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E. Ralph Morgan of Morgan Gemological Services has more than 32 years in Gemological consulting and appraising for Insurance Replacement, Fair Market Valuations, and equitable distribution both Domestic and International.

  • 30 plus years in Maritime services in diving and land search and procurement of precious metals and gemstones.

  • Master Gemologist Appraiser, A.S.A. Consultant and Consumer advocate.

  • Accredited Senior Gemologist, Accredited Gemologists Association  1990.

  • Member American Society of Jewelry Historians 1999.

  • U.S.P.A.P. Courses 2015, 2017, 2020, 2022. Updates reviewed and approved by the Appraisal Foundation Standard's Board as the source of Appraisal standards and Appraiser Qualifications and authorized by Congress.

  • American Society or Appraisers Principals of Valuation POV-1through POV4 2015.

  • Accredited Senior Appraiser Gems and Jewelry, A.S.A. 2017.

  • Master Gemologist Appraiser, A.S.A. 2017 Specializing in Rare Antique Ruby and Sapphire Jewelry

  • Certified Accredited Gemologists Association

  • Certified Gemological Lab #53

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Fair Market Value  and Equitable  Distribution

We’ll provide you with all the information you need to get the most value out of your assets. We are firm in our belief that it’s important that you understand the actual worth of your property. To learn more about our Consulting services, please contact us today and schedule an appointment.


Antique ruby and diamond ring

I am a source, as well as a highly qualified broker, for rare estate jewelry or hard to sell items.  Our markets span the globe.


Man's vintage Rolex Submariner watch

Through a global network of fellow gemologists, field specialists, and business associates, I can locate the stone you desire and arrange for its delivery, or even travel in person to insure its quality and safety.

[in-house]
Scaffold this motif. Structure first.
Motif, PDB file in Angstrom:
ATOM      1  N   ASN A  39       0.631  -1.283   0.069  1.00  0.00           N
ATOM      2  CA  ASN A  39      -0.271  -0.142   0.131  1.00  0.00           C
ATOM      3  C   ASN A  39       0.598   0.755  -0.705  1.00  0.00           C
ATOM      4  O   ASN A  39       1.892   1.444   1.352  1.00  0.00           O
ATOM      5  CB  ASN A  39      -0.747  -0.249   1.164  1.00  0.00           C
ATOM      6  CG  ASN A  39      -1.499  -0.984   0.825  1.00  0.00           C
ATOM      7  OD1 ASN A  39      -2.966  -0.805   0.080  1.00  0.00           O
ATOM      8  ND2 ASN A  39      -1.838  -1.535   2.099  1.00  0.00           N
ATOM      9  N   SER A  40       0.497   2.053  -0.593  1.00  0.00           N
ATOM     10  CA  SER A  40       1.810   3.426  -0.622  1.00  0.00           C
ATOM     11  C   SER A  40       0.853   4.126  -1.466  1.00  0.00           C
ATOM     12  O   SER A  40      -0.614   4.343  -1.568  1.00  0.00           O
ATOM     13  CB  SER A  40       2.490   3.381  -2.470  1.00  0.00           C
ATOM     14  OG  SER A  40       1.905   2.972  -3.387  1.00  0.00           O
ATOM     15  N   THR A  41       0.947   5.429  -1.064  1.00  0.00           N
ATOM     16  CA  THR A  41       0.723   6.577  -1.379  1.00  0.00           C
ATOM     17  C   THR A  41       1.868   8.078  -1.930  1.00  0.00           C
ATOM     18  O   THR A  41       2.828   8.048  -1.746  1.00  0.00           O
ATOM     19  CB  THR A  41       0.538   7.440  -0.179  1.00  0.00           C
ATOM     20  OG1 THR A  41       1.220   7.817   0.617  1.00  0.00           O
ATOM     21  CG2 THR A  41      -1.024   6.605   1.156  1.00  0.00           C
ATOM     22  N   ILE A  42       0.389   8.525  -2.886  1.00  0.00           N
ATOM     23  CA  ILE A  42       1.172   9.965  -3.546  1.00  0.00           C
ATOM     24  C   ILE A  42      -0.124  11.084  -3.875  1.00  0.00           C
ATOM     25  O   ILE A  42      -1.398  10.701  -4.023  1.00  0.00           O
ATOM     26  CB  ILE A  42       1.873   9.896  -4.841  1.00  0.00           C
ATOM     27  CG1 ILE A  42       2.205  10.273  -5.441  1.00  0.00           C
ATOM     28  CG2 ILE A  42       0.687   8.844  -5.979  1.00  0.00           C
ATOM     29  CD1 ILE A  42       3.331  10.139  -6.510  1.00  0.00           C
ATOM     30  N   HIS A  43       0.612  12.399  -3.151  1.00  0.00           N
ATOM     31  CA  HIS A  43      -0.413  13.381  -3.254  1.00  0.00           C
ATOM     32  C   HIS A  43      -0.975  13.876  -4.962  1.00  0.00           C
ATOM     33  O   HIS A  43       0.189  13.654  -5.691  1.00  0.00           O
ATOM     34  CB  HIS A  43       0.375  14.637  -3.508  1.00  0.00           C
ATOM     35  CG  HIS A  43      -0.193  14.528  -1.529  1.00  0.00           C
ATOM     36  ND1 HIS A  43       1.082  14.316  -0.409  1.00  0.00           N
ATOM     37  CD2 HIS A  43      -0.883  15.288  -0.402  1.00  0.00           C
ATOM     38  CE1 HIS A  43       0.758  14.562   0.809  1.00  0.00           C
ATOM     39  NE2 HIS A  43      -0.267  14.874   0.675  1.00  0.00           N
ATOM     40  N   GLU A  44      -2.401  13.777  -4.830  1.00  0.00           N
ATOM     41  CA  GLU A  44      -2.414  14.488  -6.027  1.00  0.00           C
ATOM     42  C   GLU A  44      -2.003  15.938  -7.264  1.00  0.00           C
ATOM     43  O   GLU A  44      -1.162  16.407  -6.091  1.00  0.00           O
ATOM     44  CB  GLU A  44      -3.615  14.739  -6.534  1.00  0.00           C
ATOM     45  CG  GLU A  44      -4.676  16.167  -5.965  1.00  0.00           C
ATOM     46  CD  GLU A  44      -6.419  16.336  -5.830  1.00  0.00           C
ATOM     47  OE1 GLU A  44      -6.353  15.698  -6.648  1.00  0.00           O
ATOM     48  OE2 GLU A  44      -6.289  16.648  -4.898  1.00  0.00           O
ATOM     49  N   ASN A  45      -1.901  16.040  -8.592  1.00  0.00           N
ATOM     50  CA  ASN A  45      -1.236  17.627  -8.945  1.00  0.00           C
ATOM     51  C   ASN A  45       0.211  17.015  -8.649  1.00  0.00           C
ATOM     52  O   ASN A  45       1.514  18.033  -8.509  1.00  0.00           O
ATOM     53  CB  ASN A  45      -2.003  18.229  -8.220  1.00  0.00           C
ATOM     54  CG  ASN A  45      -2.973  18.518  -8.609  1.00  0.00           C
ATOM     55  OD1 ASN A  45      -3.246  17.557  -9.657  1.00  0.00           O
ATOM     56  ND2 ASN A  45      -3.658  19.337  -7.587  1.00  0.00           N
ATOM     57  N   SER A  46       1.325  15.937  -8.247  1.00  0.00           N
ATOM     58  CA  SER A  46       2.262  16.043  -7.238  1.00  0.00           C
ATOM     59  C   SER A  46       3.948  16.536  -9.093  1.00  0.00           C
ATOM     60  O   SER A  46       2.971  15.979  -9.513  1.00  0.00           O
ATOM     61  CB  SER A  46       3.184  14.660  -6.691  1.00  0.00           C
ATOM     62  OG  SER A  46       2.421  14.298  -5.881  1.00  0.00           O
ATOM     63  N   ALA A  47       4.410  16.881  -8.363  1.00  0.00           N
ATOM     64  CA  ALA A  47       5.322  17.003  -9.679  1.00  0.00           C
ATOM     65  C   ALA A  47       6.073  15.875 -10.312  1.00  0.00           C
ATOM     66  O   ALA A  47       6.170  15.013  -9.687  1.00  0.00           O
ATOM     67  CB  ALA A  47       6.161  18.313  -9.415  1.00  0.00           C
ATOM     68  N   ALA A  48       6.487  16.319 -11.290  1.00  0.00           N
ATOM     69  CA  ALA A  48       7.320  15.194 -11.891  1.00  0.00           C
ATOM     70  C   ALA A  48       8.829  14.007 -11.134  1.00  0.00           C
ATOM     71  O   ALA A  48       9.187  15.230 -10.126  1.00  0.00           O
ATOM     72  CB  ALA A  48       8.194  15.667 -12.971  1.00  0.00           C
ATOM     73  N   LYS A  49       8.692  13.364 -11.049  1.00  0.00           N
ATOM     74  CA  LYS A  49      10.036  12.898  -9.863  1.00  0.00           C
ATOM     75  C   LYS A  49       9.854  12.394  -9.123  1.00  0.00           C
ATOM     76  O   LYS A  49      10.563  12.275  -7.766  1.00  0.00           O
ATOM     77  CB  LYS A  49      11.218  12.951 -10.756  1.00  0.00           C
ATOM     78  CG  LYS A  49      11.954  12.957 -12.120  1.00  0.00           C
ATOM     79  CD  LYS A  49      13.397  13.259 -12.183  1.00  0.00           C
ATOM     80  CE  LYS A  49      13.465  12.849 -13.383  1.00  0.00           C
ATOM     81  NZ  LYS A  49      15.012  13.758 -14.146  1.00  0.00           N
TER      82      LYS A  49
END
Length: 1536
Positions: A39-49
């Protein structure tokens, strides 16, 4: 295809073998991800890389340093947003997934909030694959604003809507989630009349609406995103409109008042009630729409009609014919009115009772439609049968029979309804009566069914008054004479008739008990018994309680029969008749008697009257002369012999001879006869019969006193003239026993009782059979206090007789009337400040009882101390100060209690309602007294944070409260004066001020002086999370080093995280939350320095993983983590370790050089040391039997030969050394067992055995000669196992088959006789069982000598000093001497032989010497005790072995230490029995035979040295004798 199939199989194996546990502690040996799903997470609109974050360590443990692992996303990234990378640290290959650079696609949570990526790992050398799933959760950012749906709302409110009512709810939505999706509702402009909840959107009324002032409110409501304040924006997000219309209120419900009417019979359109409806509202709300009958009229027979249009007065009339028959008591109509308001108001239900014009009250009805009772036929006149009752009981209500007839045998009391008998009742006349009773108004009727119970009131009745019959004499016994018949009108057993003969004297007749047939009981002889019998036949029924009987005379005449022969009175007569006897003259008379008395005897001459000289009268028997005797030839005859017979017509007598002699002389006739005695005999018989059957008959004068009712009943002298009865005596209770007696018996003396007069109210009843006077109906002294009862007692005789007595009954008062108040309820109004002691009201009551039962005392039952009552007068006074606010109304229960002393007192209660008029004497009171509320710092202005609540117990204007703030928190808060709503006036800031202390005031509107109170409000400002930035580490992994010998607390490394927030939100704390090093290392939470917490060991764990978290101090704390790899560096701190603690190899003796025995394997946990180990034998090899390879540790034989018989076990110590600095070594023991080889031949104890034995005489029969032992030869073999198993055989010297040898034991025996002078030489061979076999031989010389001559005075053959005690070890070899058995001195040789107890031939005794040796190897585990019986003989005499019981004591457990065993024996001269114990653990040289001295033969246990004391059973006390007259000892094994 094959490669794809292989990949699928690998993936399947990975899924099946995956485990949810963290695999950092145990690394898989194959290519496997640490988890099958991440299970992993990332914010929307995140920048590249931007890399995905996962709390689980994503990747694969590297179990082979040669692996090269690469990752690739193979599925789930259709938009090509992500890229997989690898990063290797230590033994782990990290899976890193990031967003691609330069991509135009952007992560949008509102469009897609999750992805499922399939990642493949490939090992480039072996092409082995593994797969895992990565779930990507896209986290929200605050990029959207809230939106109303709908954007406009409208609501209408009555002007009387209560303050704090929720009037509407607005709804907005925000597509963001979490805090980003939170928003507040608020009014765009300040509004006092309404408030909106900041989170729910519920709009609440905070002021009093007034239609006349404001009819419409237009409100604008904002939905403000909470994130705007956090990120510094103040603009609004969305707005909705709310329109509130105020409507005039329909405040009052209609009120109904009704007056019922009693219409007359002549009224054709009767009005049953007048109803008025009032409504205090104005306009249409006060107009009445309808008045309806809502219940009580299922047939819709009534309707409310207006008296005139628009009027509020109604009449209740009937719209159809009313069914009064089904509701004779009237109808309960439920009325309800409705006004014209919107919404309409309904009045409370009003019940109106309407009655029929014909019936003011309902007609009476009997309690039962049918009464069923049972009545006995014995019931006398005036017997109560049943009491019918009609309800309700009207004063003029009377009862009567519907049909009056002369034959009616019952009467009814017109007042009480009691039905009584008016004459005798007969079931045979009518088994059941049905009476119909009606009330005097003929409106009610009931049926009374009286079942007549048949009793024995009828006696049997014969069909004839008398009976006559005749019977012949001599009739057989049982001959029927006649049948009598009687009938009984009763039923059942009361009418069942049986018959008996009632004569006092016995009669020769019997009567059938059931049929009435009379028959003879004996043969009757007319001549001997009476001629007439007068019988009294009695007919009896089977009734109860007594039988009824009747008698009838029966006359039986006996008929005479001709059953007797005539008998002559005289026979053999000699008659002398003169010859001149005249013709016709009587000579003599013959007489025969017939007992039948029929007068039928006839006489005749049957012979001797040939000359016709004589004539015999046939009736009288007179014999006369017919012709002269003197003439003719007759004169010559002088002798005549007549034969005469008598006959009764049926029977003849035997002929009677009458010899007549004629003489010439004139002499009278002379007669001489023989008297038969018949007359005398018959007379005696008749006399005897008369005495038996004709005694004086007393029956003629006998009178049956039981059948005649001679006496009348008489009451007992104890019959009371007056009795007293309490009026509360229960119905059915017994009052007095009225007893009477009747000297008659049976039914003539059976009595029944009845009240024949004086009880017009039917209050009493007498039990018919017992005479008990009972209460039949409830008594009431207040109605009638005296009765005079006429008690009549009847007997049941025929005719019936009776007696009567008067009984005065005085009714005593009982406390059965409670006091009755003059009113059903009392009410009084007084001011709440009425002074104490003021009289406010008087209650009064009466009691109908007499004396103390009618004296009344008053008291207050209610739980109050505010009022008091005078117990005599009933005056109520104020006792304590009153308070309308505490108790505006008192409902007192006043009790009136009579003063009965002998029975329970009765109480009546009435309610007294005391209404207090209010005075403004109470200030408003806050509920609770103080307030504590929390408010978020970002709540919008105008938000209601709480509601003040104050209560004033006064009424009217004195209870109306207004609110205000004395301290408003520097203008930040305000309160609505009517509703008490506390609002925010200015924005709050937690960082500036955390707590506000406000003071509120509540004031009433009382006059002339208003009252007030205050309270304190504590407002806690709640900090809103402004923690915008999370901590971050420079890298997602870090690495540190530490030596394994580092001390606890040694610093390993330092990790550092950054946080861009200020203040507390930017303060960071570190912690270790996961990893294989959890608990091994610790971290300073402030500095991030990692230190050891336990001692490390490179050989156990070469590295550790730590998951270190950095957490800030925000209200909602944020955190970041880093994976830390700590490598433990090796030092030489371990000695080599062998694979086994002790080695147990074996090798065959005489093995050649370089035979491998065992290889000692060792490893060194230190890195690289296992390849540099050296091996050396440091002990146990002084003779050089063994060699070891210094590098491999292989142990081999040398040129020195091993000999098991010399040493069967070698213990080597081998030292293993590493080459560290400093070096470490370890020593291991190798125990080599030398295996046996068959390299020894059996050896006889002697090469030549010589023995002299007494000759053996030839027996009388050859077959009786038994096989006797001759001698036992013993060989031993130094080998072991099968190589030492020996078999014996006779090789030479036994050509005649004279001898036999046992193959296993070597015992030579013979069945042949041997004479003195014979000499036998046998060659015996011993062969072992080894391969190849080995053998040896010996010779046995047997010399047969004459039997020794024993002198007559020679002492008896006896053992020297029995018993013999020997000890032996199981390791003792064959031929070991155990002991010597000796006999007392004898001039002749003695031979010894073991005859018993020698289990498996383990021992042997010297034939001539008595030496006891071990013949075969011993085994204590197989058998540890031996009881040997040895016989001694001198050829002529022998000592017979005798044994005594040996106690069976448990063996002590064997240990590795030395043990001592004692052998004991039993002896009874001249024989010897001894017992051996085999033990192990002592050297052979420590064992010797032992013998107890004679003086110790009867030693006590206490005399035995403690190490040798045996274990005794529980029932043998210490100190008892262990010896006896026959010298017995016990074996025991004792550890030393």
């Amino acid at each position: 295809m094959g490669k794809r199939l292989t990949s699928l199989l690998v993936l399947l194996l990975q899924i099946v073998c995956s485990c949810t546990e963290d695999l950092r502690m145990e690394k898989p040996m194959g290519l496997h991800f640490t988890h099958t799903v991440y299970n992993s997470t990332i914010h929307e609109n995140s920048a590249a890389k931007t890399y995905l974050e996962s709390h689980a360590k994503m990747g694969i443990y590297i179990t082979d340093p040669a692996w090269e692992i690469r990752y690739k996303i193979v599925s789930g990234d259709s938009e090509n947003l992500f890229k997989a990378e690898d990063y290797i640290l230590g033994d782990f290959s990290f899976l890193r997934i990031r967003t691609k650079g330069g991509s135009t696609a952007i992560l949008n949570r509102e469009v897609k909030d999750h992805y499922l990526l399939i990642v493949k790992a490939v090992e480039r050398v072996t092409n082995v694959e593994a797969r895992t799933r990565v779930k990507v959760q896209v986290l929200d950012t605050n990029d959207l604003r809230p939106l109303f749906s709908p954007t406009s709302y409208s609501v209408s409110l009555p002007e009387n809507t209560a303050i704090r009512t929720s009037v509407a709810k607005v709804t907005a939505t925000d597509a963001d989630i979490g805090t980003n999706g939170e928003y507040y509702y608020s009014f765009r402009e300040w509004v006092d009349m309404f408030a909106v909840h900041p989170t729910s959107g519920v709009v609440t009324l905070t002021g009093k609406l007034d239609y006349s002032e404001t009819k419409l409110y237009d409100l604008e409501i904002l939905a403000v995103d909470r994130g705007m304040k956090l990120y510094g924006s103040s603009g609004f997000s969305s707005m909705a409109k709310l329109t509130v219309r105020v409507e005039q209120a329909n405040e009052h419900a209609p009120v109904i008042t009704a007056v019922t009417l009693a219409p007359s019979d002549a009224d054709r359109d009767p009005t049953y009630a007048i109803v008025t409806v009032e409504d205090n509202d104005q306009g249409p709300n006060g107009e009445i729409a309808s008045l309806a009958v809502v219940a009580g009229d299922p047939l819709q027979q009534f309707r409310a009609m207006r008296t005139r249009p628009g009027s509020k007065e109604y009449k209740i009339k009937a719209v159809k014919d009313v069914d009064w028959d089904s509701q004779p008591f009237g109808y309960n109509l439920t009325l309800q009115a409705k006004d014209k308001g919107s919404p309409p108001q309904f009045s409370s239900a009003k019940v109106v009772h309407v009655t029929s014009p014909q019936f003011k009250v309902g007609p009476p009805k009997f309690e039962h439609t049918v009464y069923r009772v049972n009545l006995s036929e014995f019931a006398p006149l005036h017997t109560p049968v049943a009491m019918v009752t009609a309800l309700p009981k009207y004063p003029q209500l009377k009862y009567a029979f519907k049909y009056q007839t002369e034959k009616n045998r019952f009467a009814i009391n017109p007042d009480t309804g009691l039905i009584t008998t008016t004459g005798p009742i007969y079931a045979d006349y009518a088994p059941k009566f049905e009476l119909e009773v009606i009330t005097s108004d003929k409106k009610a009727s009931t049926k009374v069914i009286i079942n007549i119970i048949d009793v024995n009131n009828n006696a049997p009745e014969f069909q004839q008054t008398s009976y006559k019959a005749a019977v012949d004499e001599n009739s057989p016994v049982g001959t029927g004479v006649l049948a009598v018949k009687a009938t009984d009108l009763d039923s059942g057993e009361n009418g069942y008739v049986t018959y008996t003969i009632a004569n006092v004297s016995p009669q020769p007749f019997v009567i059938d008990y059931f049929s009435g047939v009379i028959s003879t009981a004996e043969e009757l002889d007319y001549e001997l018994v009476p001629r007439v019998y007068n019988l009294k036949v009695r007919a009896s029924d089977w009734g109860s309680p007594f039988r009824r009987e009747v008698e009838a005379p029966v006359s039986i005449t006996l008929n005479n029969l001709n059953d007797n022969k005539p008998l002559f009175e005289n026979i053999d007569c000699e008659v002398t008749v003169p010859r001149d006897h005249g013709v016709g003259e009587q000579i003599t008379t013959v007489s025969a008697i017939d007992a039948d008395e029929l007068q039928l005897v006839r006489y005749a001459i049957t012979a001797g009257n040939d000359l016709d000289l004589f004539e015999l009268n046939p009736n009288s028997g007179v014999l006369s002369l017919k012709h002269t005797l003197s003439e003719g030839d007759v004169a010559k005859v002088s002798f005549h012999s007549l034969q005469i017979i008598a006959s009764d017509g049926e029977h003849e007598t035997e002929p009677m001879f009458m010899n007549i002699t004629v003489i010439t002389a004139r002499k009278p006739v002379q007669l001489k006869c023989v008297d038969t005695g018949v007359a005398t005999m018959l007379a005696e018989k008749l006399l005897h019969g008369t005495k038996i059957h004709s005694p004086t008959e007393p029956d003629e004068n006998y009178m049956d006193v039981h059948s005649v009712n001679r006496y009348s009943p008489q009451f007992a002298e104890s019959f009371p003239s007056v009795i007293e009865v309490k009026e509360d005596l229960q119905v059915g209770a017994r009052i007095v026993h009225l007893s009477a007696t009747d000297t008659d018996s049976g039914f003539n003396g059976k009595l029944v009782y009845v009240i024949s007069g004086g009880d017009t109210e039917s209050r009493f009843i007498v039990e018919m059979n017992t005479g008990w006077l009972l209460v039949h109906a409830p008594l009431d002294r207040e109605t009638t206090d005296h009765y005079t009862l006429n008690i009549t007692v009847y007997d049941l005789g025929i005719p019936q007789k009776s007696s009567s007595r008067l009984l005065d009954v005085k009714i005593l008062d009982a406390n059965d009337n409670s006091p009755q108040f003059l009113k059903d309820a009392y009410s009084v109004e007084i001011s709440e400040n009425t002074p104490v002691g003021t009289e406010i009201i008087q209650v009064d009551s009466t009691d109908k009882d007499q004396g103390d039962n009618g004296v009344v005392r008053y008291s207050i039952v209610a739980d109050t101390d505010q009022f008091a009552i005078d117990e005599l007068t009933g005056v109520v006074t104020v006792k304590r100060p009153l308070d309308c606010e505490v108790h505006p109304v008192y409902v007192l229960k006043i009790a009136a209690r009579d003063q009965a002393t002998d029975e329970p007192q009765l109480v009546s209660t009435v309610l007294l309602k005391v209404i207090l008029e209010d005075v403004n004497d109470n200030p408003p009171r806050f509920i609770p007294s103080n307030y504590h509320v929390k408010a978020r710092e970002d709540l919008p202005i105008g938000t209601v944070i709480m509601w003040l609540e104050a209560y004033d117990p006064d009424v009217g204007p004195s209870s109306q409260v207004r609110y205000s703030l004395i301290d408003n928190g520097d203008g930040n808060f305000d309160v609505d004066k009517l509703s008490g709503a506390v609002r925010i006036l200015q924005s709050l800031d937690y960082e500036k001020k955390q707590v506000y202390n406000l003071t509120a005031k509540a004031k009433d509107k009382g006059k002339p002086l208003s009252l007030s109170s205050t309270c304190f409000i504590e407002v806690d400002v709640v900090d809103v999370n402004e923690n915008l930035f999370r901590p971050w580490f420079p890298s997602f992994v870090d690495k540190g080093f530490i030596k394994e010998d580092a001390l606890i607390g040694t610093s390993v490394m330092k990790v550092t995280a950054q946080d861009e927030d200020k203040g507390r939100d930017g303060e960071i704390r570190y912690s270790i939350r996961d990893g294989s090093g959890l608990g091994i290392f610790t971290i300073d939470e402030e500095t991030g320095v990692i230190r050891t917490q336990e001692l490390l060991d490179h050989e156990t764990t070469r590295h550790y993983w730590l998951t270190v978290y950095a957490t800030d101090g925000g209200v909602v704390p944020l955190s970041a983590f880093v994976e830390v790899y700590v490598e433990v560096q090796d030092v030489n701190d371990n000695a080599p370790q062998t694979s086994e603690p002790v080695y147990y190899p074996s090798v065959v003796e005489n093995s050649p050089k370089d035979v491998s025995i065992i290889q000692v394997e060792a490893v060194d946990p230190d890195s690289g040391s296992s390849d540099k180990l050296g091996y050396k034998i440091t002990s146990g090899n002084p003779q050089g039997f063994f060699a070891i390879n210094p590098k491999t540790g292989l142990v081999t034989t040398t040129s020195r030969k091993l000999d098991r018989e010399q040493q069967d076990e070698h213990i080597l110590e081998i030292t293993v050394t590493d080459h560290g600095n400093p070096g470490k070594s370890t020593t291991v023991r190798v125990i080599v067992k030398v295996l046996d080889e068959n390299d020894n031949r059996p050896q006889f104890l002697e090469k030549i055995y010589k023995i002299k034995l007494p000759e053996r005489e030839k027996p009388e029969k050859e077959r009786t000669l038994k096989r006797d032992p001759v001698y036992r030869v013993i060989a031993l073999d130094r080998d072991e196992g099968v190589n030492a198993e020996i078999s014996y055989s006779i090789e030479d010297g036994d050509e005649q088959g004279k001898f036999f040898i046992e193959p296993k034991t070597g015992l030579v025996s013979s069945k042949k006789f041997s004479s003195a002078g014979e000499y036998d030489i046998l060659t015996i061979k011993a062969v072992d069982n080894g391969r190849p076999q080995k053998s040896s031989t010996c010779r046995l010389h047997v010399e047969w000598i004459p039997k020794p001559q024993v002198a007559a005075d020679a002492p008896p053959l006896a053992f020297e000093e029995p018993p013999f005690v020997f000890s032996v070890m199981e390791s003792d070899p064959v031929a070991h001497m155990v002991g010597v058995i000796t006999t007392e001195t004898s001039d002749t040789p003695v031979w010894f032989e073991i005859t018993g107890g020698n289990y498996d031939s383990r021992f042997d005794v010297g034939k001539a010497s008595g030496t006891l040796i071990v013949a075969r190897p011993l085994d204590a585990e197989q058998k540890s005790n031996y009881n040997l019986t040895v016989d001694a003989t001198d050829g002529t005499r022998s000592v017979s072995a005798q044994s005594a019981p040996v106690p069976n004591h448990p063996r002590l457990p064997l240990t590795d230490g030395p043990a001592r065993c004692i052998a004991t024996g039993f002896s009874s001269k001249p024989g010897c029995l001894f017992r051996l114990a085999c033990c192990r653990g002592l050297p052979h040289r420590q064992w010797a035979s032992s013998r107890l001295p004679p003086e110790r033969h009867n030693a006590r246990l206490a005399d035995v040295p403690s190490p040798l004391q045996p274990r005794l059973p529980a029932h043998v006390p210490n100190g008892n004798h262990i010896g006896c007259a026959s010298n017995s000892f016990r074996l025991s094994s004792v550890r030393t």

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E. Ralph Morgan, G.G., A.G.A., M.G.A., A.S.A.

What makes one gem worth several thousands of dollars and a seemingly comparable stone in size and color nearly worthless? In one word…..rarity. Along with rarity comes authenticity and quality. Is the mine where this particular gem was found still producing? If so, are they now "treating" the gems, as in the case of the oiling of emeralds, the heating of sapphire and ruby and the irradiation and fracture filling of diamonds? A Graduate Gemologist with a great deal of experience and expertise is the only one able to answer these questions and then only if given the appropriate time and equipment to authenticate the substance in question. Knowing how to simply identify the species (sapphire, emerald, diamond, etc.) is not sufficient for the determination of value. Size of the gem, color saturation, purity (clarity) of visual appeal and apparent damage are all considerations to be made in the overall evaluation process.

Through the lens of the microscope a ballet of color unfolds to reveal the vibrant pastels of the various gem species. From the intense, vivid blue of a fine Kashmir sapphire to the faint hues of an Australian opal, inclusions and host minerals revealed indicate positive identification of certain gemstone localities throughout the world. A single microscopic inclusion can make known the geologic birthplace of a fine emerald or sapphire, that, with proper documentation, may command an increased dollar amount for that stone. Many gems possess identifying characteristics, termed “inclusions,” common to only one specific geologic location. Recent increased demand for some of the finer stones and antique pieces held in vaults and private estates command higher prices.

When a gem set in a very old piece of jewelry is abraded and the transparency of the top of the stone is obstructed, removal and testing of the gem is imperative. This is usually accomplished in front of the client when the stone is measured and weighed.
Since the first synthetic gemstone was produced at the 1890's by French chemist Auguste Verneuil, many gems have been synthesized and used in all forms of jewelry, from the fine old platinum pieces to the more common solitary style of modern rings, pendants and the like. Inclusions play a major role in identifying synthetic gems from natural ones.